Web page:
What a long strange trip...

As many of you know, caring for an aging parent is a mixed bag: joy and sorrow in the same moment, gratitude to care for one you love and incredible grief, too. What is making this even harder is that it appears that my dad has sustained a head injury during this fall. On top of this uncertainty there are also issues of detoxing from meds, poor general health, great grief over the loss of my mother four years ago and heart problems.

Speaking with his doctor today put it into perspective: it is not likely that your father will bounce back to his former level. Already he's been hospitalized twice this year for other falls - that and everything else in his life - are all coming together at this time and he is slowly failing. What's more, he is still so very, very sad over your mother's death. So... perhaps the time has come for the wider family to start thinking about plan B... and C... and D.

A lovely man - a true servant of healing for my family - and a gentle but sober messenger about the complexity awaiting us as this year unfolds. We hope that dad can get back to his home and have some quality of life there - but there are no guarantees, yes?

Later today another of my sisters will arrive in town and we'll caucus. It will be wonderful to see her: we are 13 years apart in age and eons apart in life experience but deeply connected in the heart. For some strange reason the Grateful Dead keeps running through my head...what a long, strange trip its been!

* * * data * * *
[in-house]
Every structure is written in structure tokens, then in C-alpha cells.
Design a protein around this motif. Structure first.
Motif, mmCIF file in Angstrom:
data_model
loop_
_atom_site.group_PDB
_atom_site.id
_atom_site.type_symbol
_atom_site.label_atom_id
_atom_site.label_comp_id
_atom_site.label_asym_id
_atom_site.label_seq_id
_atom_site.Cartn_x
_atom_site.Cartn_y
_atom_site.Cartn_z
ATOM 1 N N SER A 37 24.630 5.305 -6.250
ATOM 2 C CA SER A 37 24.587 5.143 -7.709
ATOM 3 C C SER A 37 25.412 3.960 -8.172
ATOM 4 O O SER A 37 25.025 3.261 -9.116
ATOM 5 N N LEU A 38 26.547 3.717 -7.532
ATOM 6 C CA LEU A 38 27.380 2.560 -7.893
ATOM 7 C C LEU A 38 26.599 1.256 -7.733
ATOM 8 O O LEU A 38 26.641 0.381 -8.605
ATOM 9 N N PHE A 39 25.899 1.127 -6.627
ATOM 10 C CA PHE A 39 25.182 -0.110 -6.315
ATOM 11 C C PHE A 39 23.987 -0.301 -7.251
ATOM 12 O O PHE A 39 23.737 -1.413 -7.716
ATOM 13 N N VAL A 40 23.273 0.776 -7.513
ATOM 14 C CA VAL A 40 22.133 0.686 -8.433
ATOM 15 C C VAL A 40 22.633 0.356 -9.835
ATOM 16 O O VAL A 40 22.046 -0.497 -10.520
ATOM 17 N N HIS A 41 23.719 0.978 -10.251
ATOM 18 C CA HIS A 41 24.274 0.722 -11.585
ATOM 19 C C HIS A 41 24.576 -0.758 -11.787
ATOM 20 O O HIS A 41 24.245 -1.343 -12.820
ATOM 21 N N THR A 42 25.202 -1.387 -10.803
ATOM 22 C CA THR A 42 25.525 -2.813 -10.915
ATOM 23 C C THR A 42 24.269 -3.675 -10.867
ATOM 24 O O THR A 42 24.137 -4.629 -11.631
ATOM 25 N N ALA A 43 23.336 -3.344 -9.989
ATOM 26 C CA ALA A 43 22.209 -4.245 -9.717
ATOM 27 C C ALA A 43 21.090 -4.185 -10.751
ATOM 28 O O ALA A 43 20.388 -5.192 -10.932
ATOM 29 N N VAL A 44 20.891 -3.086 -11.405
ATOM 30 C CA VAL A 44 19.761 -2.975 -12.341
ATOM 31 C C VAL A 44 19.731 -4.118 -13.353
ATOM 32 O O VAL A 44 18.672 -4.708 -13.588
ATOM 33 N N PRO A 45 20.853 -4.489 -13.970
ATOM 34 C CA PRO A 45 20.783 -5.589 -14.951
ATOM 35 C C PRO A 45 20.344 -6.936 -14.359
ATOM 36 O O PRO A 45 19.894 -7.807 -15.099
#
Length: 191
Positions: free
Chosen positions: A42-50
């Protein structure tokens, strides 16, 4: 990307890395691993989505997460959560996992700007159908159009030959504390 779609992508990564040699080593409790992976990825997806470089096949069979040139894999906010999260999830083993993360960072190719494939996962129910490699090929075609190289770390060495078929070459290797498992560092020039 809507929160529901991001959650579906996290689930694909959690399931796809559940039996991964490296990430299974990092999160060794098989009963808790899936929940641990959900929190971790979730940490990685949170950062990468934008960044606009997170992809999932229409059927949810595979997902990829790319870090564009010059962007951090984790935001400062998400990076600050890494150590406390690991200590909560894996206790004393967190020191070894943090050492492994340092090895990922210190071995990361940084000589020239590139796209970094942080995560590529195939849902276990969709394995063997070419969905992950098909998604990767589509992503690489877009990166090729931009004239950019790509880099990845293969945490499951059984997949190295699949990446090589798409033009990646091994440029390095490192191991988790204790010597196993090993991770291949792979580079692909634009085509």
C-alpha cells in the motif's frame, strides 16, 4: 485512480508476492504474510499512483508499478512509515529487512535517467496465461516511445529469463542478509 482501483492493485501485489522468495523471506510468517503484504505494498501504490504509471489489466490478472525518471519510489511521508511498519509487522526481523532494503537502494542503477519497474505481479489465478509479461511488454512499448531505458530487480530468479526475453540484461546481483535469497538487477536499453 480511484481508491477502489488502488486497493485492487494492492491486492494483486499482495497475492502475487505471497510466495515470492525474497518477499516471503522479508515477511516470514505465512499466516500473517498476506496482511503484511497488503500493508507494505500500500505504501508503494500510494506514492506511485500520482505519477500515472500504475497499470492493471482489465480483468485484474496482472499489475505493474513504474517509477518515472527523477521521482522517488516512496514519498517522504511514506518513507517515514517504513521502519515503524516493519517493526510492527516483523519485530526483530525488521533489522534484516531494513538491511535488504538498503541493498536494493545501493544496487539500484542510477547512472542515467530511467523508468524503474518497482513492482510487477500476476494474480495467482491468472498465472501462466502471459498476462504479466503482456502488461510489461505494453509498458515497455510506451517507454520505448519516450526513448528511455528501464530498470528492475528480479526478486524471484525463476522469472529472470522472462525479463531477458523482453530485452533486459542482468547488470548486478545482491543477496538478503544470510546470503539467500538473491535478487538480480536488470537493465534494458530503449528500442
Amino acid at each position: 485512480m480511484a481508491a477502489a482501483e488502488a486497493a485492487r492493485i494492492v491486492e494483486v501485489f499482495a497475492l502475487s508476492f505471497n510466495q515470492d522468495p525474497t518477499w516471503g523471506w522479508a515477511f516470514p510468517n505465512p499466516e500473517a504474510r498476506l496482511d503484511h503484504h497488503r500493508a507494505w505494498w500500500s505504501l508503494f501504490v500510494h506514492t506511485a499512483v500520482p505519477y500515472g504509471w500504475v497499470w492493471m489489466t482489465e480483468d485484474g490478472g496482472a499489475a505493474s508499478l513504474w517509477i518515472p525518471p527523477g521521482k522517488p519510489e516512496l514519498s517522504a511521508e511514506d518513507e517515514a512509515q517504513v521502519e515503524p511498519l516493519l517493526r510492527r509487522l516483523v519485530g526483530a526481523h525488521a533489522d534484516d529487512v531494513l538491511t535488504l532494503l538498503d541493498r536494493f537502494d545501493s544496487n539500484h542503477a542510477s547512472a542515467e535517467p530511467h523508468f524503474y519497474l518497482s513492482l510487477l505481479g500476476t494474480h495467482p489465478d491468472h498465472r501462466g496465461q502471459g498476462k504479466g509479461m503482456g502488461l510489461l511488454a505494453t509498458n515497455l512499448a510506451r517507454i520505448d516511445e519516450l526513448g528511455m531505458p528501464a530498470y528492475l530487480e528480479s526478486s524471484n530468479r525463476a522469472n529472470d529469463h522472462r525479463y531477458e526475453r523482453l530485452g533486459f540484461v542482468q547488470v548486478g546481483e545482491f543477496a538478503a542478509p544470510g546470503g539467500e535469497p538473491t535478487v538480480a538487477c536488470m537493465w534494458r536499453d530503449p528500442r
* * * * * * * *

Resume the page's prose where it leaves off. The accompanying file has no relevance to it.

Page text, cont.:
During prayer yesterday afternoon I read these words from Joan Chittister:

To the wise, it seems, life is not a series of events to be controlled. Life is a way of walking through the universe whole and holy... Listen. Pay attention. Let nothing go by without being open to being nourished by the inner meaning of that event in life... And take from death before it takes from thee.

Then she goes on to say two very important things for me:

1. Spirituality is simultaneously learning how to be aware of what is going on all around and within us - and - learning to listen for where God is in it all. Not either/or but always both/and: "for we are being called to something outside of ourselves, something greater than ourselves, something beyond ourselves.

2. And if we train ourselves to ignore "what's going on" - to remain deaf to reality or trapped within our social amnesia, then as Paul suggests in Romans 1: God will let us miss what was meant to be ours. Being alert - conscious and responsive - is living life in communion with all that is holy and human at the same time.

The spirituality of this visitation for me is: engagement - being present with my father - solitude - stepping back to listen and feel - and meditation - listening for the voice of the holy within this all too human experience.
photo credits: dianne de mott


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